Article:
The Porsche 962 is one of the most successful Group C racing prototypes ever built. Following its success on the racing circuit, a number of companies thought it would be a great idea to turn it into a road car as well-in exchange for a few million bucks. After all, it was the 1990s, and pretty much anything seemed possible.
The first to get there was Koenig Specials, who gave their C62s new bodies and engines bored to 3.4 liters, complete with Bosch's latest fuel injection. Then came DP Motorsport, the Switec-Porsche 962C, and the most famous limited edition of them all, the Dauer 962 LM. But it would be rude to forget about the six street-legal 962s built by Australia's Vern Schuppan, since the Porsche Schuppan 962CR represents the biggest departure from the Group C original.
Schuppan won the 1983 24 Hours of Le Mans driving a Porsche 956. While still enjoying Porsche's support a few years later, he started a business converting 962Rs for road use. With the backing of some Japanese investors, the project soon entered its next phase, with Schuppan developing a road-going 962 from the ground up.
Known as the Schuppan 962CR, the car was designed by fellow Australian Michael Simcoe as a 50-unit limited-run machine, a production number that would have allowed the car to race at Le Mans. Unfortunately, the Japanese economy had collapsed by 1992, leaving Schuppan's investors dry, and forcing his company into bankruptcy after just six 962CRs had been built. Five remain today, as one was destroyed in a fire. The team never made it to the Mulsanne.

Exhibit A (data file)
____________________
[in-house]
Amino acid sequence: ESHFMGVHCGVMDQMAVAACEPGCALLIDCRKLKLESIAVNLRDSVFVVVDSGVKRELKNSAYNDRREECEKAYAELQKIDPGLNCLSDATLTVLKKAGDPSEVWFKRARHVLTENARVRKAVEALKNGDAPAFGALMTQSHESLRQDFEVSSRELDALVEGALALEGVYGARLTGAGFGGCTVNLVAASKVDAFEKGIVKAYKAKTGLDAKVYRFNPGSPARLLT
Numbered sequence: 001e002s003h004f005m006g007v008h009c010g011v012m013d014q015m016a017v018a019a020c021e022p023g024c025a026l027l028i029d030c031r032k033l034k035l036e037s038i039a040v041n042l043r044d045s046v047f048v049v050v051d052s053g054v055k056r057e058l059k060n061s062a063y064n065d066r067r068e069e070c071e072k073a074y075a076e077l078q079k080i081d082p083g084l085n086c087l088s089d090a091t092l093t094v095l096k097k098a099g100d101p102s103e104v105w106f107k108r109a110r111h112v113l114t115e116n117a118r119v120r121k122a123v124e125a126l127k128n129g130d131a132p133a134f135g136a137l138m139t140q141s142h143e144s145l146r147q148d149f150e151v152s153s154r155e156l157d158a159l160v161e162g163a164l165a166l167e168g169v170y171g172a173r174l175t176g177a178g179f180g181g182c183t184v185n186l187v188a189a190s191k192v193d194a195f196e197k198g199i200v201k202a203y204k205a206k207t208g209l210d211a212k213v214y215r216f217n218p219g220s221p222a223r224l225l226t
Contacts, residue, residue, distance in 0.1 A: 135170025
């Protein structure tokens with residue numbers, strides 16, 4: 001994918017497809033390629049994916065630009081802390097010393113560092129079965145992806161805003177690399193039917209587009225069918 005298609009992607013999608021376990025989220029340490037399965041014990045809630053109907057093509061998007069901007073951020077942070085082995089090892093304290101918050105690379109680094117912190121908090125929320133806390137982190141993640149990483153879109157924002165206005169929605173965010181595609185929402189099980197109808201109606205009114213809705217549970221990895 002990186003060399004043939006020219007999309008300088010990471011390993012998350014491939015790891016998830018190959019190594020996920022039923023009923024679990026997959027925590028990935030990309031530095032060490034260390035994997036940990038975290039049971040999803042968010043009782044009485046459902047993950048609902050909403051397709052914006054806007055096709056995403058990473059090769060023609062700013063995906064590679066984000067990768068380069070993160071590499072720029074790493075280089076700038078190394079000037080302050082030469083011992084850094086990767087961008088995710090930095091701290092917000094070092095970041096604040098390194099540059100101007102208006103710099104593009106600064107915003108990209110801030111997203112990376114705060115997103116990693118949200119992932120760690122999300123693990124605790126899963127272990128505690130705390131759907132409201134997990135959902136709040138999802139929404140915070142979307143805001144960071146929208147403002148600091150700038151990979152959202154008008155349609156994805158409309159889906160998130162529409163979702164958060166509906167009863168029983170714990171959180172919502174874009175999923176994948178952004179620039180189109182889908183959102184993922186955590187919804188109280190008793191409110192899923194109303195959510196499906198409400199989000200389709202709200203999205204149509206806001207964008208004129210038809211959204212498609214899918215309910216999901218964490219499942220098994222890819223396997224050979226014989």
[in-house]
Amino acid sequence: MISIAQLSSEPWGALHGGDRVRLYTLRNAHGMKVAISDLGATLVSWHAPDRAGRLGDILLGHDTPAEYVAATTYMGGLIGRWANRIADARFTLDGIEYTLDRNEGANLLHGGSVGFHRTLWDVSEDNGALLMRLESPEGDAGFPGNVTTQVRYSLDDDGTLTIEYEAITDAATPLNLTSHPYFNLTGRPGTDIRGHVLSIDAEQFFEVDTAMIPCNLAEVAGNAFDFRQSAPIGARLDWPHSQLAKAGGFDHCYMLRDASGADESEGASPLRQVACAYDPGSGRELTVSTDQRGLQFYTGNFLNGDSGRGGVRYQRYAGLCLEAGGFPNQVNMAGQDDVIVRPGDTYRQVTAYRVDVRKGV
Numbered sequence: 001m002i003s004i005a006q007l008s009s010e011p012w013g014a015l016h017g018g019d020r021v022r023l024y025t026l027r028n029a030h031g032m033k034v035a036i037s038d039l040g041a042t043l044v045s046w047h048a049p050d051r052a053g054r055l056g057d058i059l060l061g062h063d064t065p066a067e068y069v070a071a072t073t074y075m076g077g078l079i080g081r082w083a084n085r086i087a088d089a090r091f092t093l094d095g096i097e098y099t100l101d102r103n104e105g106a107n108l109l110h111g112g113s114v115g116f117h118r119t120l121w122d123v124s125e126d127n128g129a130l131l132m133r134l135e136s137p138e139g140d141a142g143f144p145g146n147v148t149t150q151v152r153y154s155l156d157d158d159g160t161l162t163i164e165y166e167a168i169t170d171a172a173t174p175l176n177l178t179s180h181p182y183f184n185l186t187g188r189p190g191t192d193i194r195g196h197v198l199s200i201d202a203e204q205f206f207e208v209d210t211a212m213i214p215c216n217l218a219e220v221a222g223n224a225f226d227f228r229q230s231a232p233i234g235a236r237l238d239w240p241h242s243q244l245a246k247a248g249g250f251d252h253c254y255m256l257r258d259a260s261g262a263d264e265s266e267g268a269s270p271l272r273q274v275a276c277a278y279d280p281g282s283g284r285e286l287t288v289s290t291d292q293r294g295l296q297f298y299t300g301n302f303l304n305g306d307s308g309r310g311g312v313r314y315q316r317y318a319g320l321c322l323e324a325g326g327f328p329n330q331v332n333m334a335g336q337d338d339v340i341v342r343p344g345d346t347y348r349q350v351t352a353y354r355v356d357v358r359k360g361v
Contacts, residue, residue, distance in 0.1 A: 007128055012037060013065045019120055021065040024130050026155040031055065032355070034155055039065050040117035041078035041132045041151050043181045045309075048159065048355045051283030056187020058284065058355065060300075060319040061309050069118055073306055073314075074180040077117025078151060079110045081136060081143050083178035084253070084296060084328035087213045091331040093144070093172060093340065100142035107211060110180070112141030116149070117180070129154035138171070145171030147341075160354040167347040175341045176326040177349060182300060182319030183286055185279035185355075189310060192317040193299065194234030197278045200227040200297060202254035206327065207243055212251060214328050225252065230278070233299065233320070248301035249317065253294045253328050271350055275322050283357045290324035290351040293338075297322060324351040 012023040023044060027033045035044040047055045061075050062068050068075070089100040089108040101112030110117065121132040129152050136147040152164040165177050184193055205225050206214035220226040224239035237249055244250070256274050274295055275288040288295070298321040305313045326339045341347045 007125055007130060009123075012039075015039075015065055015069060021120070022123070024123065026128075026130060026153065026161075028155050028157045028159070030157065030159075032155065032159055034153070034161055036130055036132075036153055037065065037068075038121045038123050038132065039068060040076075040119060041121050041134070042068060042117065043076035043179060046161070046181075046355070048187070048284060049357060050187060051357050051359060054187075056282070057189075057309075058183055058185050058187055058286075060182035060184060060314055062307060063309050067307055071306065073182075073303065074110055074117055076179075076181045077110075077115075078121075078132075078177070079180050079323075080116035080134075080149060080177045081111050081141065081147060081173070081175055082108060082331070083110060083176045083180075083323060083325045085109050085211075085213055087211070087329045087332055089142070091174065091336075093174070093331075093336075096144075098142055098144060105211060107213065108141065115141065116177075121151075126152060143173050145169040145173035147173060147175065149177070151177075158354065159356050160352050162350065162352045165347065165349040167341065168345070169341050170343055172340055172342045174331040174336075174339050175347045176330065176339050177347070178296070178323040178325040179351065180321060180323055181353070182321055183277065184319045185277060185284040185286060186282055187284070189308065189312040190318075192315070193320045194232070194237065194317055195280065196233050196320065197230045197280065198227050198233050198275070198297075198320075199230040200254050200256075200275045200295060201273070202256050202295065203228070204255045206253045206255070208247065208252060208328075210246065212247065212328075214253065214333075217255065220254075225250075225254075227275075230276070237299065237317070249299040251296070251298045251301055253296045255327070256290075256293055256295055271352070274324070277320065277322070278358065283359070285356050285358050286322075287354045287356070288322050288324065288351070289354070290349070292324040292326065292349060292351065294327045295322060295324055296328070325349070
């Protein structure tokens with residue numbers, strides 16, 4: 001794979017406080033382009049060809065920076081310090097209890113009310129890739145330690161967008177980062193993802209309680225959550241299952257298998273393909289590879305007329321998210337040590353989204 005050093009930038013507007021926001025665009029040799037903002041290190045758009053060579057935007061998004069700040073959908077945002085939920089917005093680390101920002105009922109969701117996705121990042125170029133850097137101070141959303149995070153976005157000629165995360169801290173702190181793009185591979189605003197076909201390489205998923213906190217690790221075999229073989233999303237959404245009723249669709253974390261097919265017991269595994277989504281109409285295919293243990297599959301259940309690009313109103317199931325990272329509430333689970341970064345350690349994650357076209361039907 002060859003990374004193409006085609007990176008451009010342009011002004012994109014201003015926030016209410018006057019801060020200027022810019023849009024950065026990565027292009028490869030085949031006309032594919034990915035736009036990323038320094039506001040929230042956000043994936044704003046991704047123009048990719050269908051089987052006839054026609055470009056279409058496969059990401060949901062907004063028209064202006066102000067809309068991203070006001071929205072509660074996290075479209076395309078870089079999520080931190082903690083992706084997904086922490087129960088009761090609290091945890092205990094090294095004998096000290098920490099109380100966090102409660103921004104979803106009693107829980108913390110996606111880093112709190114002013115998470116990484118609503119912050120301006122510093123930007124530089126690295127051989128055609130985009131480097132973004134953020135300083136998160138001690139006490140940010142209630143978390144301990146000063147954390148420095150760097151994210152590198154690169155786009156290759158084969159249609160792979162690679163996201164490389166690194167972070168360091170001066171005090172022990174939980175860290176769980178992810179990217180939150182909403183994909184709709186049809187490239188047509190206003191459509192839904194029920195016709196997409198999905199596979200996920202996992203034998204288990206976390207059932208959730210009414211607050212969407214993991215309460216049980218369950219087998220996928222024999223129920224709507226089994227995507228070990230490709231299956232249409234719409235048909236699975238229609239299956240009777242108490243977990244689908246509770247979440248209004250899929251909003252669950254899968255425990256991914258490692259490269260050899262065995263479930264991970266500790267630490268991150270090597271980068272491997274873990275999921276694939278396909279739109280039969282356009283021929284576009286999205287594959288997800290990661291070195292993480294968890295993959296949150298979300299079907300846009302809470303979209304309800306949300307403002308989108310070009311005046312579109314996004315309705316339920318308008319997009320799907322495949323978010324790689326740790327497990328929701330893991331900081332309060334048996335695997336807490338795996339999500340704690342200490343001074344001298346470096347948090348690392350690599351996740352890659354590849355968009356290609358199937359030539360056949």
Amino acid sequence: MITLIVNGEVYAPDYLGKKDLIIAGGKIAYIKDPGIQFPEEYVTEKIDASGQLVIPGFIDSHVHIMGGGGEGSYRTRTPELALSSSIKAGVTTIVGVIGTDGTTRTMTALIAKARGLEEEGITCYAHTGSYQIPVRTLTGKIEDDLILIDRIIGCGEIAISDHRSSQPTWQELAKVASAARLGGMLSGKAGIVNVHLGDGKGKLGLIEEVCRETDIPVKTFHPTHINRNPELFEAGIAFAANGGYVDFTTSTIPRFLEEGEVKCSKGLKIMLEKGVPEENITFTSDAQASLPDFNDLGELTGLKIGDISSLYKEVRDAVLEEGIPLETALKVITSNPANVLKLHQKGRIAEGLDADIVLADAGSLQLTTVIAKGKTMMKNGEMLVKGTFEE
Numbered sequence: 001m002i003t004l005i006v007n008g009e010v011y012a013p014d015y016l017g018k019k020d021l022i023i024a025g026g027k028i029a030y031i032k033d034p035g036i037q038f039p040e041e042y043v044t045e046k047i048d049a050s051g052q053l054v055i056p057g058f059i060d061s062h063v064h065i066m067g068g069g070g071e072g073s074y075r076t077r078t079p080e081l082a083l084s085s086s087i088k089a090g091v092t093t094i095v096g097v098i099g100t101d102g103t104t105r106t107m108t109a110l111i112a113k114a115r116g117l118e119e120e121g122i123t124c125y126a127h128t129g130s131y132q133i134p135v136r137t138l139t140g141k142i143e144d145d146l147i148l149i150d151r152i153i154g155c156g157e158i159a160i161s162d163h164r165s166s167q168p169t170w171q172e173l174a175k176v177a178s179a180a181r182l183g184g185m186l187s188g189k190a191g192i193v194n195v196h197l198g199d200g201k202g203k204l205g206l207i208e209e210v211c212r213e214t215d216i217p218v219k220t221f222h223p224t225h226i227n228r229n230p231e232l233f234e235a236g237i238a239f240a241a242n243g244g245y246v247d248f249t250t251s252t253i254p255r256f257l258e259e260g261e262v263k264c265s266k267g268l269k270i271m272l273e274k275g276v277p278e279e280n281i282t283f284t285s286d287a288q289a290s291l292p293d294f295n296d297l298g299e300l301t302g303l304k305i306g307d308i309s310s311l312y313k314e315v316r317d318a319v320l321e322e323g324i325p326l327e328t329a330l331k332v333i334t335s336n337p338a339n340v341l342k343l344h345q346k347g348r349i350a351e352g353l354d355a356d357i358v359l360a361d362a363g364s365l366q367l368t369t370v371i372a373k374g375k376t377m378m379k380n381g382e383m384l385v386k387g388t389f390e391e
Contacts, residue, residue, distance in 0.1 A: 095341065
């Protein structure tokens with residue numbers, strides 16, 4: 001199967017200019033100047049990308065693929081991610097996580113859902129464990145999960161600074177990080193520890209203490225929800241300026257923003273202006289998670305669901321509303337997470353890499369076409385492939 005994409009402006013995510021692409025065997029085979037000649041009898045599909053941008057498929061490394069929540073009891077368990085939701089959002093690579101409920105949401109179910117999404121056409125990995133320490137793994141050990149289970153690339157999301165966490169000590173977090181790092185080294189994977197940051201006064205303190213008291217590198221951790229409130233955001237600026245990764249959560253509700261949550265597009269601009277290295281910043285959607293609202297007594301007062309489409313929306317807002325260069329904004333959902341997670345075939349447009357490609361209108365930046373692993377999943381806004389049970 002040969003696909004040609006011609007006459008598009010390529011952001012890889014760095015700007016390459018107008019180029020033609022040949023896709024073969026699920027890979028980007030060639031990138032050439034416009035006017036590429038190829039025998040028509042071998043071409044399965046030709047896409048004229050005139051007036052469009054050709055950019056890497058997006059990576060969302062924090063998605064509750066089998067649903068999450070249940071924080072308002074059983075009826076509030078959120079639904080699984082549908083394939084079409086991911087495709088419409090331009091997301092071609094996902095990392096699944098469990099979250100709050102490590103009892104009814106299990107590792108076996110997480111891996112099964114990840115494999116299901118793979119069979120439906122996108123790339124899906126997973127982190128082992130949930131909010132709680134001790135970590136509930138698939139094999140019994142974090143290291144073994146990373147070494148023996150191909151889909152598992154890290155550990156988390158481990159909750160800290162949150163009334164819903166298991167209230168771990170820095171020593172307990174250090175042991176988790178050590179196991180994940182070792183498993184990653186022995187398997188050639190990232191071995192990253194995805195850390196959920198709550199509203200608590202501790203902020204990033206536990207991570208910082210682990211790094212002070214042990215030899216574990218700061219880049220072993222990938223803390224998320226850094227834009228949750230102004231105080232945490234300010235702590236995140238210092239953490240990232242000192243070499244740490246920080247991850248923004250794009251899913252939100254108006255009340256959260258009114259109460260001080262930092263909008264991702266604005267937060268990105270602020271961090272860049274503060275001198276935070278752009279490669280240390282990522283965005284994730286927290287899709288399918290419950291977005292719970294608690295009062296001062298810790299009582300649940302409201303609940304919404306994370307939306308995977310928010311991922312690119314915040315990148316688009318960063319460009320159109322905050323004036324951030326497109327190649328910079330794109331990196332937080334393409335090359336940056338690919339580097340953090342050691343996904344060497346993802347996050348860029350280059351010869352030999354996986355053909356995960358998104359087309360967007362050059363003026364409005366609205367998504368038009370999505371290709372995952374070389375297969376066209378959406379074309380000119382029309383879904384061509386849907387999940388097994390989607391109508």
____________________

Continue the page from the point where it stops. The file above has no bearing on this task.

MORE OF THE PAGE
This particular example, a "zero-mile" right-hand drive Schuppan 962, was completed in 1993, with a unique body and other subtle modifications in the engine bay. Its dry-sump 3.3-liter twin-turbo flat-six produces 550 horsepower at low boost, 850 for qualification, and can only run on race gas. Yet it has catalytic converters, turn signals, and a passenger seat where the ECU used to be on the racing car, all of which help this wild machine at least try to pass itself off as a street car. The Schuppan-branded Alcon brakes are a nice touch.
Crazy thing is, this car has never been driven before. Soon after UK-based Modena Cars assembled this example, the company's finances went into shambles. A manufacturer of bus windshields was one of Schuppan's creditors; the president of the glass company took this car as partial payment, storing it at his office from 1995 to 2015. Since its reappearance at Daytona in 2015, this one-off 962CR has undergone a complete overhaul, and is currently cared for by Matthew Ivanhoe. And who else could put on the car's first break-in miles than Jay Leno?
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